Revision Hip Replacement
At times, a hip replacement can fail for various reasons and may need to be replaced again. This second operation is called revision surgery. It is a complex procedure in which all or part of the existing hip implants are removed and replaced with new implants. Some of the common reasons for revision hip replacement are wear and/or loosening of the prosthetic components, infection, recurrent dislocation, bone loss around the prosthetic components, and muscular dysfunction due to limb length inequalities.
Below are before (left) and after (right) X-rays of a sixty-seven-year-old woman who was never happy with her initial hip replacement which was performed two years prior to her consultation. She had significant pain and had difficulty bearing weight. Her before (left) X-rays show a loose prosthesis in the socket with significant shortening of her thigh bone (limb length inequality) and extra bone formation around the joint (known as heterotopic ossification). All implants were completely removed and the hip was reconstructed with a new hip prosthesis. The excess bone was removed during the revision surgery.
Below are the X-rays of a 67-year-old male who presented with a painful total hip replacement that was ongoing for two years prior to his consultation. He was diagnosed with chronic infection as well as adverse local tissue reaction to metal debris. These diagnoses were associated with severe acetabular bone and soft tissue loss (left picture). He underwent a two-stage revision surgery consisting of placement of an antibiotic eluting cement spacer (middle picture) with final reconstruction using a cup-cage and dual mobility constructs two months later (right picture).
Below are intraoperative images as well as a postoperative X-ray of a 26-year-old very active male who presented with pain and leg length discrepancy following a total hip replacement performed five years prior to his consultation. He was diagnosed with adverse local tissue reaction from catastrophic polyethylene wear. Patient underwent a complex revision hip replacement due to extensive proximal femoral bone loss from the metal debris and need to perform an extended trochanteric osteotomy to remove his well-fixed femoral component.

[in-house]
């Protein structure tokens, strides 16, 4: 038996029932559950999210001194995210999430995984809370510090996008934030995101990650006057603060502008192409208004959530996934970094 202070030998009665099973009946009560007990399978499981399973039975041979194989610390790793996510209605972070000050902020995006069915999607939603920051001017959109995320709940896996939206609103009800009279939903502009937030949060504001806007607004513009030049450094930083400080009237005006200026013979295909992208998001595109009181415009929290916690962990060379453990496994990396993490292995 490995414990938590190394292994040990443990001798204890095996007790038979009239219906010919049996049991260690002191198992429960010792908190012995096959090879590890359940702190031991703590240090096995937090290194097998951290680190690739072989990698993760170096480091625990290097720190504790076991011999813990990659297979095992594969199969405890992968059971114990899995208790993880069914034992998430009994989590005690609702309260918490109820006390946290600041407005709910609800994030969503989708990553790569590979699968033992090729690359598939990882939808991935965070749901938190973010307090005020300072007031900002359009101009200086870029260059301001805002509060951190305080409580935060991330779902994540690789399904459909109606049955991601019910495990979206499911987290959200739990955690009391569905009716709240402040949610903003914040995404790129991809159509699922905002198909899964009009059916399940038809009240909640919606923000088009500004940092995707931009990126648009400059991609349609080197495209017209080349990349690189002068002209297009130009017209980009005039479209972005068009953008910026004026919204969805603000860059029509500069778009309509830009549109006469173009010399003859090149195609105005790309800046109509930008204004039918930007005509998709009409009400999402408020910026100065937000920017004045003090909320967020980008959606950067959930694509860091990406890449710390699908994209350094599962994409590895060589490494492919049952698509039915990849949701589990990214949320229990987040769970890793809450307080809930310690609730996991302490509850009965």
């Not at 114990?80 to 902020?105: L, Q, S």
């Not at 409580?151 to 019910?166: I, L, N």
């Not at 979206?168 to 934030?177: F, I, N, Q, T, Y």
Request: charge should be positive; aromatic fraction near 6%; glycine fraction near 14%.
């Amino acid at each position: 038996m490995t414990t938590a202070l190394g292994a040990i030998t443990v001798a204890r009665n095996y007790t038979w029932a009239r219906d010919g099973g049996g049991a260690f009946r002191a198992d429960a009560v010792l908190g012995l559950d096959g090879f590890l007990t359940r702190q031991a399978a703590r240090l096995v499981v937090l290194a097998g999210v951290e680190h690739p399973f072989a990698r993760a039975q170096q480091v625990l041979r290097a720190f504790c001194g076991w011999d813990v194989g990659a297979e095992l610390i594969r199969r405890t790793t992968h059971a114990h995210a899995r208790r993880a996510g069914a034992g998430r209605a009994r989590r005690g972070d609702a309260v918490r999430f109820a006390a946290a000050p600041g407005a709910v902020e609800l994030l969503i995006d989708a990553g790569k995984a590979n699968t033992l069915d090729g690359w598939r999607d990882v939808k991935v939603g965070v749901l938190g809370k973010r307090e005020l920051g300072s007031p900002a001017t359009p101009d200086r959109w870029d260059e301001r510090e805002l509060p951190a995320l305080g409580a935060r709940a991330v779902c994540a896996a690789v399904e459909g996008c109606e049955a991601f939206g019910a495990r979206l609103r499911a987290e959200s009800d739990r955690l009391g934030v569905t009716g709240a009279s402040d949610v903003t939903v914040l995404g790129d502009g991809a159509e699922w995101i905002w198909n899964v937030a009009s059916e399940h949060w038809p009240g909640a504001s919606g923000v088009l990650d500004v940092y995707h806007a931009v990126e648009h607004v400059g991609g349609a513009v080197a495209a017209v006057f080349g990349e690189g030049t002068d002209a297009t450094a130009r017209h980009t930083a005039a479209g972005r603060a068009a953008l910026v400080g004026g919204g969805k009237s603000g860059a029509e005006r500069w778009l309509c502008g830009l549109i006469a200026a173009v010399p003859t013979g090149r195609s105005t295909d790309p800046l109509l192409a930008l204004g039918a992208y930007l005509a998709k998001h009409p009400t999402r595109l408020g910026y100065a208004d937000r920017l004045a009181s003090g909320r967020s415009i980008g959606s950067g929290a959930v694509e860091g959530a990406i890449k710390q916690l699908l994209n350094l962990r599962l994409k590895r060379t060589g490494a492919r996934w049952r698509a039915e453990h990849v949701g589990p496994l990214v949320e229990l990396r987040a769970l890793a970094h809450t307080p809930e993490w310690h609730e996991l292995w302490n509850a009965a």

Below are before (left) and after (right) X-rays of a 74-year-old female who presented with dislocation of her total hip replacement after a fall. She had a fracture of her proximal femur resulting in loosening and subsidence of the femoral component. The femoral component was revised.
Below are before (left) and after (right) X-rays of a 79-year-old male who presented with a proximal femur fracture after a fall. The fracture resulted in loosening and subsidence of the femoral component, which was revised.
Below are before (left) and after (right) X-rays of a 56-year-old male who presented with fracture of his femoral component. Extended trochanteric osteotomy was used to remove the remaining implant embedded in the femoral canal. A new femoral implant was inserted the the proximal femur repaired with cerclage wires.
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